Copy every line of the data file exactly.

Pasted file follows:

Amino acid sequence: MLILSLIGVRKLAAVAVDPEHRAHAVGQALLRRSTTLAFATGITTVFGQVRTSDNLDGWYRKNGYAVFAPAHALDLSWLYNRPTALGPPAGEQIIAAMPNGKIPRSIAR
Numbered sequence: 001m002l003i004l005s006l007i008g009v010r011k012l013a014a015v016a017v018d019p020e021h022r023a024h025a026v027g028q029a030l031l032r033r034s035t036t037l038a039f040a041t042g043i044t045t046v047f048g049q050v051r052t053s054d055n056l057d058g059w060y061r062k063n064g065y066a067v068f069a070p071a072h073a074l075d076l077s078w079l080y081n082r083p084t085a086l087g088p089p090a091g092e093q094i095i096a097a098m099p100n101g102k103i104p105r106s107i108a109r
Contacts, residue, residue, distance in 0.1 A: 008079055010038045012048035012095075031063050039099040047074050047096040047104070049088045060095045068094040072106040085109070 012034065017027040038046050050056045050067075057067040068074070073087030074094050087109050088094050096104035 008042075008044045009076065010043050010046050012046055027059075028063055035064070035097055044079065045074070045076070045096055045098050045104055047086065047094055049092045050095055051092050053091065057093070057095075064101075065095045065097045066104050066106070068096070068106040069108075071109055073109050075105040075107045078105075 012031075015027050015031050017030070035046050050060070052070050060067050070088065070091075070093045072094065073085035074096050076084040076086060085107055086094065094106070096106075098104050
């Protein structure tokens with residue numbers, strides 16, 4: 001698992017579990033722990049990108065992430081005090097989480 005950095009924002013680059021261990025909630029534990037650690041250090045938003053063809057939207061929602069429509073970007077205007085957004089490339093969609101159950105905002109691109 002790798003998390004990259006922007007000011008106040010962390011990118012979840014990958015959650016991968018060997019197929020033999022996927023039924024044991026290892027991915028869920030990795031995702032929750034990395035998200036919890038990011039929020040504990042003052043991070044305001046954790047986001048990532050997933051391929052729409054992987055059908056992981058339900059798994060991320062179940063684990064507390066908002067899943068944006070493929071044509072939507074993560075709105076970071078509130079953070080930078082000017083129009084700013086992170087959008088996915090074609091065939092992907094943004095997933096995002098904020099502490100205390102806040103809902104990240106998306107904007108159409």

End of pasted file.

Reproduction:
Amino acid sequence: MLILSLIGVRKLAAVAVDPEHRAHAVGQALLRRSTTLAFATGITTVFGQVRTSDNLDGWYRKNGYAVFAPAHALDLSWLYNRPTALGPPAGEQIIAAMPNGKIPRSIAR
Numbered sequence: 001m002l003i004l005s006l007i008g009v010r011k012l013a014a015v016a017v018d019p020e021h022r023a024h025a026v027g028q029a030l031l032r033r034s035t036t037l038a039f040a041t042g043i044t045t046v047f048g049q050v051r052t053s054d055n056l057d058g059w060y061r062k063n064g065y066a067v068f069a070p071a072h073a074l075d076l077s078w079l080y081n082r083p084t085a086l087g088p089p090a091g092e093q094i095i096a097a098m099p100n101g102k103i104p105r106s107i108a109r
Contacts, residue, residue, distance in 0.1 A: 008079055010038045012048035012095075031063050039099040047074050047096040047104070049088045060095045068094040072106040085109070 012034065017027040038046050050056045050067075057067040068074070073087030074094050087109050088094050096104035 008042075008044045009076065010043050010046050012046055027059075028063055035064070035097055044079065045074070045076070045096055045098050045104055047086065047094055049092045050095055051092050053091065057093070057095075064101075065095045065097045066104050066106070068096070068106040069108075071109055073109050075105040075107045078105075 012031075015027050015031050017030070035046050050060070052070050060067050070088065070091075070093045072094065073085035074096050076084040076086060085107055086094065094106070096106075098104050
């Protein structure tokens with residue numbers, strides 16, 4: 001698992017579990033722990049990108065992430081005090097989480 005950095009924002013680059021261990025909630029534990037650690041250090045938003053063809057939207061929602069429509073970007077205007085957004089490339093969609101159950105905002109691109 002790798003998390004990259006922007007000011008106040010962390011990118012979840014990958015959650016991968018060997019197929020033999022996927023039924024044991026290892027991915028869920030990795031995702032929750034990395035998200036919890038990011039929020040504990042003052043991070044305001046954790047986001048990532050997933051391929052729409054992987055059908056992981058339900059798994060991320062179940063684990064507390066908002067899943068944006070493929071044509072939507074993560075709105076970071078509130079953070080930078082000017083129009084700013086992170087959008088996915090074609091065939092992907094943004095997933096995002098904020099502490100205390102806040103809902104990240106998306107904007108159409």